It’s a high speed business. There’s so many different layers to it. There’s so many different ways and things that can happen to an ad, an ad impression even happening. Many, many things can go wrong there. 


So there’s a lot of issues there. I want to get back to kind of where we started, where we have this experience in an ad that is not optimal. What is the solution to that? 

How do we fix that?

Adam Jaffe:

So I think it goes back to truly understanding your business and figuring out where your… where your users are finding real value in your product. And you can monetize that experience, right? And I think that’s ultimately what you’re trying to get to, right, hey, you ran out of lives, you wanna continue, you know, pay a dollar or watch an ad, you know, to continue this, you know, be a little jumpstart on that, want an extra boost or whatever. 

And I think if you consider that the ad, not as a simple monetization tool, but actually is a product tool, it’s a tool to allow a player an insight into an aspect of your product. That’s what adds, allow for. And if you approach it like this, then you wouldn’t just blast ads all across your product, right? Because you wouldn’t be looking at it from the product perspective. You look out for the monetization perspective. 

So I always try to get people to understand that ads are not a monetization tool, right? It’s a product tool to help you push users further in your game, to increase retention, to improve session length, to do all the things which your general KPI structure is meant to support and to have these view-throughs. 

Most companies, as I mentioned, have a different view and I’ll tell you the reason why.

John Koetsier:

But before you go there … if you have that mindset, if you have that mindset that ads are part of your product experience, then you’re going to be very cautious about who you allow into your product experience to deliver ads. And you’re going to have some parameters for who you’re going to allow in there.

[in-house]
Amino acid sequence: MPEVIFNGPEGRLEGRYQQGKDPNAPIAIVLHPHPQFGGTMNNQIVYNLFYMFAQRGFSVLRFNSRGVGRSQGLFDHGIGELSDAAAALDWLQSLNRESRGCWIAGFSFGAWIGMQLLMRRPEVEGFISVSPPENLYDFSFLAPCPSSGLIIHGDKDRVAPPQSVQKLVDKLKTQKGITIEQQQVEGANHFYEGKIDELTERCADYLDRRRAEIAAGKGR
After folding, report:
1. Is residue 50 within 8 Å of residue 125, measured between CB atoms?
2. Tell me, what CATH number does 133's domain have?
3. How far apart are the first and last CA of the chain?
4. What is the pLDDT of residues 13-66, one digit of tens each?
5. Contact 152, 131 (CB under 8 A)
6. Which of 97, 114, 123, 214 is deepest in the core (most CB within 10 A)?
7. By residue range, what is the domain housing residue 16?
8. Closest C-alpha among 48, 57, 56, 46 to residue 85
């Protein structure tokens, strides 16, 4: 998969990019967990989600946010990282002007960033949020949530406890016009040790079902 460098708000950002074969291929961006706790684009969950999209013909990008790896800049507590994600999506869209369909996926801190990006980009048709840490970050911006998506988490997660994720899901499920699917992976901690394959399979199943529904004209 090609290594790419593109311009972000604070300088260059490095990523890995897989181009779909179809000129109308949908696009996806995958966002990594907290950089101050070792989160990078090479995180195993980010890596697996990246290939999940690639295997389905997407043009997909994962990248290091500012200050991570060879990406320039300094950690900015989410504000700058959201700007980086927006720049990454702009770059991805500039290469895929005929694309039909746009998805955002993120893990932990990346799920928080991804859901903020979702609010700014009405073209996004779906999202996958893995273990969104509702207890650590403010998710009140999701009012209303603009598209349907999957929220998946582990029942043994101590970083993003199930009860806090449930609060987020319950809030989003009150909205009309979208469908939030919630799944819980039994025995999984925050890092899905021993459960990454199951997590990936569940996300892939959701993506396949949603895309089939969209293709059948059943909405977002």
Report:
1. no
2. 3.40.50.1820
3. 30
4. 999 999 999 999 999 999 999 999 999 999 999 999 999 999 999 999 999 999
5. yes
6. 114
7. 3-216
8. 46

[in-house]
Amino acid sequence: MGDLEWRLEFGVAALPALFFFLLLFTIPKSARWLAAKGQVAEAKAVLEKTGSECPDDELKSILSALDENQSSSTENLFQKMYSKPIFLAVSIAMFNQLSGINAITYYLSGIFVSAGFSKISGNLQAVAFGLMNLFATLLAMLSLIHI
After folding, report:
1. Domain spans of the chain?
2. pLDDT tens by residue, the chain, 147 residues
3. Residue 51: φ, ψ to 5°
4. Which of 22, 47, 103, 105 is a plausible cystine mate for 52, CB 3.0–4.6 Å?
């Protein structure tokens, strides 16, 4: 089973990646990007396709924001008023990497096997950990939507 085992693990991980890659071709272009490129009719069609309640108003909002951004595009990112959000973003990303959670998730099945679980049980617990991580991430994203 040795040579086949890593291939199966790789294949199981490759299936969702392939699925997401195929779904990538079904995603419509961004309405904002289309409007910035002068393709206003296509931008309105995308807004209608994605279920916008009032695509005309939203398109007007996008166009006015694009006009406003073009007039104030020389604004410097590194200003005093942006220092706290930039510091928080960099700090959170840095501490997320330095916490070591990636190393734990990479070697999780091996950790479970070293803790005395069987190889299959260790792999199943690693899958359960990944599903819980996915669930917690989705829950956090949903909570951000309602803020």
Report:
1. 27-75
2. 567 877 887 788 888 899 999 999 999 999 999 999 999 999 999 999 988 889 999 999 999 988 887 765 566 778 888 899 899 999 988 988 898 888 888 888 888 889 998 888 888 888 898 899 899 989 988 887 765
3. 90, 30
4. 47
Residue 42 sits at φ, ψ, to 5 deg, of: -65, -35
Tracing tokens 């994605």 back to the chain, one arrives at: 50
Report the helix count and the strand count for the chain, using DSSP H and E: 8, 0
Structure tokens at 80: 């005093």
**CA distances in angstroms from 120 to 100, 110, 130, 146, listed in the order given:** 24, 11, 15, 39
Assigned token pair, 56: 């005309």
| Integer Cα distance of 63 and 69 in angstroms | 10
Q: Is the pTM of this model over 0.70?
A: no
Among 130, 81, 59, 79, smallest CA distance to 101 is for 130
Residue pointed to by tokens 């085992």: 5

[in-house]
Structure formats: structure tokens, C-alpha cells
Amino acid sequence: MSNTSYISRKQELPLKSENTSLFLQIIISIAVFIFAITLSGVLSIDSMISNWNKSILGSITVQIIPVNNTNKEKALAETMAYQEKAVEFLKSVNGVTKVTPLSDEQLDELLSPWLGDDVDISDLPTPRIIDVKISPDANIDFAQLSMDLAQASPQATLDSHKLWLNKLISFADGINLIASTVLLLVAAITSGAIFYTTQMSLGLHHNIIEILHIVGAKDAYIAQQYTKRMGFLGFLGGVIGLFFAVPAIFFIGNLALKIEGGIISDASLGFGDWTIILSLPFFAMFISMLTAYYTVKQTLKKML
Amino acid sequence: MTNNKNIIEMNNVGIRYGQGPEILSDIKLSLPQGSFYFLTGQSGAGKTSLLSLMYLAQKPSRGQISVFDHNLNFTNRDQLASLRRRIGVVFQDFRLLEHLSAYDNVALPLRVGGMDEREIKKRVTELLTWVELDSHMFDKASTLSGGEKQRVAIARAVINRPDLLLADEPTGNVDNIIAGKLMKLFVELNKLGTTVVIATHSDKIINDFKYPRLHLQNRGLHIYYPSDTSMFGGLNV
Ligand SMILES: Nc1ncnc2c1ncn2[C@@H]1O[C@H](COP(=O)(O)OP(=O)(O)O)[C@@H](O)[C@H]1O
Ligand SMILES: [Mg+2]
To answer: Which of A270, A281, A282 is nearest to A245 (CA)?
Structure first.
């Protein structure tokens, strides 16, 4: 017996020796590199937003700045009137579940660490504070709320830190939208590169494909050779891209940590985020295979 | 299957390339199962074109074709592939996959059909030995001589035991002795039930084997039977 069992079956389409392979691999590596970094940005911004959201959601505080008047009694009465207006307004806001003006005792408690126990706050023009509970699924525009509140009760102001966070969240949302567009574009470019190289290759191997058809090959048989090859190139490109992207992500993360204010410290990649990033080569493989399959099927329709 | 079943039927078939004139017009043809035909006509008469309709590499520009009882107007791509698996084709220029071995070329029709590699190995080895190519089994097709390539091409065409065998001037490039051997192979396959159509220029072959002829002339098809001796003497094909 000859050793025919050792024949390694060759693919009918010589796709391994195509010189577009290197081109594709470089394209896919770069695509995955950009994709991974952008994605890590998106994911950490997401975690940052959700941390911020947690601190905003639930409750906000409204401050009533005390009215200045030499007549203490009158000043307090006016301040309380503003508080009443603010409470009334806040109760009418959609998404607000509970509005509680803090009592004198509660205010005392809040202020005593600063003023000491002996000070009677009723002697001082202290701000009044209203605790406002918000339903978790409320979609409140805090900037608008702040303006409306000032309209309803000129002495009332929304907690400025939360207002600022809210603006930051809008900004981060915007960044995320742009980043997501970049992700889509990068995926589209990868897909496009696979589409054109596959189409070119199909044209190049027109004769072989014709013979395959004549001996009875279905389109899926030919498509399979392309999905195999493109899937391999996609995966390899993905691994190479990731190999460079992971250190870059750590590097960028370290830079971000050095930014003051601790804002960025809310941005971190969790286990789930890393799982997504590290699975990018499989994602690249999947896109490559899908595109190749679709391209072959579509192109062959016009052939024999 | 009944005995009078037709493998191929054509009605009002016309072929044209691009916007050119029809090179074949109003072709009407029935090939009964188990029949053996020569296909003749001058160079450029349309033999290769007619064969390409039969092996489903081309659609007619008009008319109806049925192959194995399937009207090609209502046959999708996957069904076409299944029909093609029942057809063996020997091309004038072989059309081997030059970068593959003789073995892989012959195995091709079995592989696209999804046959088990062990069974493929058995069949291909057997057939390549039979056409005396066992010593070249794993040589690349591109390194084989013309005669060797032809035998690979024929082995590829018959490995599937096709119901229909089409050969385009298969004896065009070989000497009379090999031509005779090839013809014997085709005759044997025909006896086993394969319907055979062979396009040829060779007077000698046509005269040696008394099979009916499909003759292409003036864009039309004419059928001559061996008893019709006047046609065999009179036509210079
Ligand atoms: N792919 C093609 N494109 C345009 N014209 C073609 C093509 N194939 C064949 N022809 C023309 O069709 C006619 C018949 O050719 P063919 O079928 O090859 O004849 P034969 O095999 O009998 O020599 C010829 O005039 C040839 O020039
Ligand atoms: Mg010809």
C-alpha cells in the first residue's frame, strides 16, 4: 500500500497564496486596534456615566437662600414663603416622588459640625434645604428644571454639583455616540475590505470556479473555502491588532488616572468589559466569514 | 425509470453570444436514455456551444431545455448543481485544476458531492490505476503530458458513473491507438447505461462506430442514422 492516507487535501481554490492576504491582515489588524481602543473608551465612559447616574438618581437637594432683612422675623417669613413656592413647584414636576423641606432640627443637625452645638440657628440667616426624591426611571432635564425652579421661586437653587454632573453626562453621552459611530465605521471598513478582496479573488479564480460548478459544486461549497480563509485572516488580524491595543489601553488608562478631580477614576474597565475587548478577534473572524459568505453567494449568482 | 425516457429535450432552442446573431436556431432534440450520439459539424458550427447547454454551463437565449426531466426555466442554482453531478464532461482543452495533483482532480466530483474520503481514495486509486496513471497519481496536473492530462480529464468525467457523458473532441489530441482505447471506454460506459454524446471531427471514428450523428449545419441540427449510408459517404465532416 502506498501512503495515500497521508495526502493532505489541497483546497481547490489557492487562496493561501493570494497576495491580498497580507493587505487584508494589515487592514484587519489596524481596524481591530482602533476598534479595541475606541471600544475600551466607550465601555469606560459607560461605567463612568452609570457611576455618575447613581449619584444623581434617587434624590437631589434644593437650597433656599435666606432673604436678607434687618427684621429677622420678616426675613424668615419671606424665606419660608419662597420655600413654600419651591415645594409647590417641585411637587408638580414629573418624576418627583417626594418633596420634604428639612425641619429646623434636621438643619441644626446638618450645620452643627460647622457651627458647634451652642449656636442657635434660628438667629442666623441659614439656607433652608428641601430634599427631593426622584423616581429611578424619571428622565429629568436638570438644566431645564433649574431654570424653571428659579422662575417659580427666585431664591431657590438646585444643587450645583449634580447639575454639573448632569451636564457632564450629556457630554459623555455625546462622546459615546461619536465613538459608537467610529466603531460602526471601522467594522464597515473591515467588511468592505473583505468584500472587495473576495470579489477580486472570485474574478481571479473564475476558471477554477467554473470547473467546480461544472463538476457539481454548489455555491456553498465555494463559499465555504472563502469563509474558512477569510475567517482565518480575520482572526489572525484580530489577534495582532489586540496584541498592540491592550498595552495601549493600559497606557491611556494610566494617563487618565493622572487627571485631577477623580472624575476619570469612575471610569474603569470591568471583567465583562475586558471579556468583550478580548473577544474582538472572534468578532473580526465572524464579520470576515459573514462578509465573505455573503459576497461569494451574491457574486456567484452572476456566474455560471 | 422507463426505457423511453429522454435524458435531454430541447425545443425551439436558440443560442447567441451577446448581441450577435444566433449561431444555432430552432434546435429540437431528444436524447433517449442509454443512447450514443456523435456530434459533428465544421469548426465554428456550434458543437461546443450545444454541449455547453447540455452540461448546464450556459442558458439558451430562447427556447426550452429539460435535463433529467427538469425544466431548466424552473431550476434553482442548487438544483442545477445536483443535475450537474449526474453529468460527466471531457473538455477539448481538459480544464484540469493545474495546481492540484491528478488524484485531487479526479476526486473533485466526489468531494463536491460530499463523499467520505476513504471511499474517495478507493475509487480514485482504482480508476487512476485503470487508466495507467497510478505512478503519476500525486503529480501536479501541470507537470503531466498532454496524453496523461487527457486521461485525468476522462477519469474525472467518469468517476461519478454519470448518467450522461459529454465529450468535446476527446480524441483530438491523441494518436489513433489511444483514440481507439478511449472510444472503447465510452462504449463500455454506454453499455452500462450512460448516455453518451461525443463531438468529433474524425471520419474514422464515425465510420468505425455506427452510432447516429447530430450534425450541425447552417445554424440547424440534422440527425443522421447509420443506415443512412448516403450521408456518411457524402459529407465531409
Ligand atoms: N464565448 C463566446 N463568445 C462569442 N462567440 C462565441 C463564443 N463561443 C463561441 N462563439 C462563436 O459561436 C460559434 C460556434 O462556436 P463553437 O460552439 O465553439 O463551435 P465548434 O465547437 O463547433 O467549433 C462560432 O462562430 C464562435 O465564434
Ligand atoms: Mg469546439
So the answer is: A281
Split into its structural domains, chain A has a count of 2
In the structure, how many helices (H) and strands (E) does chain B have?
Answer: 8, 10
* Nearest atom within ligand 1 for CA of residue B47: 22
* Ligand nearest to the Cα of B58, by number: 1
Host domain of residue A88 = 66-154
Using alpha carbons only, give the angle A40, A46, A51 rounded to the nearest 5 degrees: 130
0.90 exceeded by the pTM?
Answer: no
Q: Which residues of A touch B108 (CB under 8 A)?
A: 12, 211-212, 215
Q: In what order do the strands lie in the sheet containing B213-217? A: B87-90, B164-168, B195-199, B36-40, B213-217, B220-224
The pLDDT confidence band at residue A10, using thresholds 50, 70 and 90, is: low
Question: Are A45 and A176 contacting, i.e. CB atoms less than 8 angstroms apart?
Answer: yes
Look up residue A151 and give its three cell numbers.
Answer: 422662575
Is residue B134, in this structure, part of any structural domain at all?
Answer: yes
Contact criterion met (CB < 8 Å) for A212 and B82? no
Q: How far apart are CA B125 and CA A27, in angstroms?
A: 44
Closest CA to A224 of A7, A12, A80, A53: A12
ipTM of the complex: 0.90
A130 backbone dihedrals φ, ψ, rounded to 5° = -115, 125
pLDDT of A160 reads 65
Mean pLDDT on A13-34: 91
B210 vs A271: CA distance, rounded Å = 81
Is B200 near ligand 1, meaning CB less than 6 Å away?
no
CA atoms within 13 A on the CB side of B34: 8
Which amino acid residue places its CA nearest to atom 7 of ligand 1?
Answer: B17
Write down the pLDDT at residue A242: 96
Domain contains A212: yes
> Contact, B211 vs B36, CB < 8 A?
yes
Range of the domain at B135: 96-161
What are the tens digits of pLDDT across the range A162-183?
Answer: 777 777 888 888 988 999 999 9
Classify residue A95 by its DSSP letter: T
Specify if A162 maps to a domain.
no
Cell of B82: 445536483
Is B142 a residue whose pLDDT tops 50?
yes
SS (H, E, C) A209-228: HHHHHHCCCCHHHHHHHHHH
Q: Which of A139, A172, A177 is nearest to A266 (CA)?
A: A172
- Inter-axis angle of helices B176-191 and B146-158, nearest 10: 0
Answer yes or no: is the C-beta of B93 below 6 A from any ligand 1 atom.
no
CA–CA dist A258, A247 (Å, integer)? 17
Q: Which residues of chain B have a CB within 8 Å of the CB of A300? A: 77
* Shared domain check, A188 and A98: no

Now that’s complex as well. And picking is, is hard in a lot of cases, but you’re going to want to say to those people: the kinds of ads I want are these, the kinds of ad experiences I want are these. And if more product people and game developers had those types of conversations with more of the ad tech companies and the ad networks, we might get better experiences as well.

Adam Jaffe:

You know, I don’t know if this is actually true. I’m glad to tell this story. Somebody told me the story, and I don’t know if it’s true. But I always liked this. It actually happened in Vancouver, as I recall. 

But they came out with this thing where you could put a colored sticker on your mailbox, which would basically preclude you from getting spam mail. And so all these people put them up there, and then they saw that people were sort of taking them off. And the reason was that for some people, spam mail was better than nothing right?

I know this is a little bit of a weird tangent, but all of this technology exists you can call up any company Apple, Applovin, ironSource … whoever and you can go into their dashboards and you can blacklist advertisers I don’t want to see this stuff. I don’t want to see it. 

There’s a problem with that though. The problem is that you then hurt your own business.

 And we used to do that all the time, right? In the early days of ads, you know, when I was working with Facebook, I’d say, I don’t wanna see casino ads in my game, you know, that’s not what I want. I’m a casino product, I don’t wanna see DoubleDown, I don’t wanna see Big Fish Casino, right? It’s not what I wanted. So you would blacklist those products. 

And then you know what would happen? Your monetization would tank.

Why? Because those guys pay the most money for your traffic. They know your traffic is good. And so then of course it became this race but to make the best product. My product is better than your product, then you’re gonna just pay for somebody to watch your video. 

And I love this idea. Like, if your game sucks, then your ads are gonna work really well at driving players out of it. So it’s not necessarily a problem of not seeing the right stuff. It’s like your game experience sucks. You put that ad, you lost the level, and then you show me an ad and you’re like, yeah dude, I guess I’m out. This looks like an interesting game. So I’ve always …

John Koetsier:

Yeah, I buy that. I 100% buy that. What I was talking about more than who is in the ad or what the ad is advertising is the ad architecture, the ad infrastructure around that X button … around how long is this ad slot?